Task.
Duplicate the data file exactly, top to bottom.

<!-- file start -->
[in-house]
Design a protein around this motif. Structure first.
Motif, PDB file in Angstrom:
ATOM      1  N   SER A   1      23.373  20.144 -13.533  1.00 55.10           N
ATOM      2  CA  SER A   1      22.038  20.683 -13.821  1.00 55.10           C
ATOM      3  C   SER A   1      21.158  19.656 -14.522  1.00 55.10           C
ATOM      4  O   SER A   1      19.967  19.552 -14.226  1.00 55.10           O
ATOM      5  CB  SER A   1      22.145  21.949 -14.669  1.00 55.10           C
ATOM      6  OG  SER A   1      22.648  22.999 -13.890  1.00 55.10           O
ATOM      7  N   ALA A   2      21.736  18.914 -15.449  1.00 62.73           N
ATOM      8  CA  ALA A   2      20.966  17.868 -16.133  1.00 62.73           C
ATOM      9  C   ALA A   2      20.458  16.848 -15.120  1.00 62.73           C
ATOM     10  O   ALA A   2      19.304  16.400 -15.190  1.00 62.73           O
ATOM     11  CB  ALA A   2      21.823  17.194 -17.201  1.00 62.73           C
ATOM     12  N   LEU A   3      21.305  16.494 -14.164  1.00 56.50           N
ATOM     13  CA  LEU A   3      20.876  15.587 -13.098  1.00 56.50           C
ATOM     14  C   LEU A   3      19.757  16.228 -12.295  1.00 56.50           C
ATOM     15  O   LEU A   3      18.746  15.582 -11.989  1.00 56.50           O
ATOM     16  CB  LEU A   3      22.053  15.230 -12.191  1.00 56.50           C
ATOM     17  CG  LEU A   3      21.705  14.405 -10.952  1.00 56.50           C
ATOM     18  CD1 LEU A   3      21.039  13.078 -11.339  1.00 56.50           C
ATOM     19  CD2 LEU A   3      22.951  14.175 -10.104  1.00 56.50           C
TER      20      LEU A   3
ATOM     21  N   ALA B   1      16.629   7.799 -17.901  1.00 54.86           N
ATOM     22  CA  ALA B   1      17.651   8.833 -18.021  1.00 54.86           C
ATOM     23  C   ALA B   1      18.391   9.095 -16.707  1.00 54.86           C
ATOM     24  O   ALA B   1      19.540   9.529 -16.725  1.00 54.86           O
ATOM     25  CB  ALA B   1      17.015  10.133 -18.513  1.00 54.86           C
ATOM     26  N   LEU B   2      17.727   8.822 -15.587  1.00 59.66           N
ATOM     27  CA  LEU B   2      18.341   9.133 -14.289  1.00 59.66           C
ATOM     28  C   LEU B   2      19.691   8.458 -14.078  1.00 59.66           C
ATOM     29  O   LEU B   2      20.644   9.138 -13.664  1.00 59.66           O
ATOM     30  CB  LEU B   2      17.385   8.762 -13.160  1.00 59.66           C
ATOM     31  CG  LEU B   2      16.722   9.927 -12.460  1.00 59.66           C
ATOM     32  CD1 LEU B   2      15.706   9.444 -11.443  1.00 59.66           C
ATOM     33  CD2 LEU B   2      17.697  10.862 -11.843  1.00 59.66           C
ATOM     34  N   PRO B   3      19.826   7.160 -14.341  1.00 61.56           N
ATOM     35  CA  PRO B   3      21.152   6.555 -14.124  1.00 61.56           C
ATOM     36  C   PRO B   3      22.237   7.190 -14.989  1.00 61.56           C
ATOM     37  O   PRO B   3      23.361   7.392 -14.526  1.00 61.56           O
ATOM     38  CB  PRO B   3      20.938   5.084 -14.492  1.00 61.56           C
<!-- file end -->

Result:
[in-house]
Design a protein around this motif. Structure first.
Motif, PDB file in Angstrom:
ATOM      1  N   SER A   1      23.373  20.144 -13.533  1.00 55.10           N
ATOM      2  CA  SER A   1      22.038  20.683 -13.821  1.00 55.10           C
ATOM      3  C   SER A   1      21.158  19.656 -14.522  1.00 55.10           C
ATOM      4  O   SER A   1      19.967  19.552 -14.226  1.00 55.10           O
ATOM      5  CB  SER A   1      22.145  21.949 -14.669  1.00 55.10           C
ATOM      6  OG  SER A   1      22.648  22.999 -13.890  1.00 55.10           O
ATOM      7  N   ALA A   2      21.736  18.914 -15.449  1.00 62.73           N
ATOM      8  CA  ALA A   2      20.966  17.868 -16.133  1.00 62.73           C
ATOM      9  C   ALA A   2      20.458  16.848 -15.120  1.00 62.73           C
ATOM     10  O   ALA A   2      19.304  16.400 -15.190  1.00 62.73           O
ATOM     11  CB  ALA A   2      21.823  17.194 -17.201  1.00 62.73           C
ATOM     12  N   LEU A   3      21.305  16.494 -14.164  1.00 56.50           N
ATOM     13  CA  LEU A   3      20.876  15.587 -13.098  1.00 56.50           C
ATOM     14  C   LEU A   3      19.757  16.228 -12.295  1.00 56.50           C
ATOM     15  O   LEU A   3      18.746  15.582 -11.989  1.00 56.50           O
ATOM     16  CB  LEU A   3      22.053  15.230 -12.191  1.00 56.50           C
ATOM     17  CG  LEU A   3      21.705  14.405 -10.952  1.00 56.50           C
ATOM     18  CD1 LEU A   3      21.039  13.078 -11.339  1.00 56.50           C
ATOM     19  CD2 LEU A   3      22.951  14.175 -10.104  1.00 56.50           C
TER      20      LEU A   3
ATOM     21  N   ALA B   1      16.629   7.799 -17.901  1.00 54.86           N
ATOM     22  CA  ALA B   1      17.651   8.833 -18.021  1.00 54.86           C
ATOM     23  C   ALA B   1      18.391   9.095 -16.707  1.00 54.86           C
ATOM     24  O   ALA B   1      19.540   9.529 -16.725  1.00 54.86           O
ATOM     25  CB  ALA B   1      17.015  10.133 -18.513  1.00 54.86           C
ATOM     26  N   LEU B   2      17.727   8.822 -15.587  1.00 59.66           N
ATOM     27  CA  LEU B   2      18.341   9.133 -14.289  1.00 59.66           C
ATOM     28  C   LEU B   2      19.691   8.458 -14.078  1.00 59.66           C
ATOM     29  O   LEU B   2      20.644   9.138 -13.664  1.00 59.66           O
ATOM     30  CB  LEU B   2      17.385   8.762 -13.160  1.00 59.66           C
ATOM     31  CG  LEU B   2      16.722   9.927 -12.460  1.00 59.66           C
ATOM     32  CD1 LEU B   2      15.706   9.444 -11.443  1.00 59.66           C
ATOM     33  CD2 LEU B   2      17.697  10.862 -11.843  1.00 59.66           C
ATOM     34  N   PRO B   3      19.826   7.160 -14.341  1.00 61.56           N
ATOM     35  CA  PRO B   3      21.152   6.555 -14.124  1.00 61.56           C
ATOM     36  C   PRO B   3      22.237   7.190 -14.989  1.00 61.56           C
ATOM     37  O   PRO B   3      23.361   7.392 -14.526  1.00 61.56           O
ATOM     38  CB  PRO B   3      20.938   5.084 -14.492  1.00 61.56           C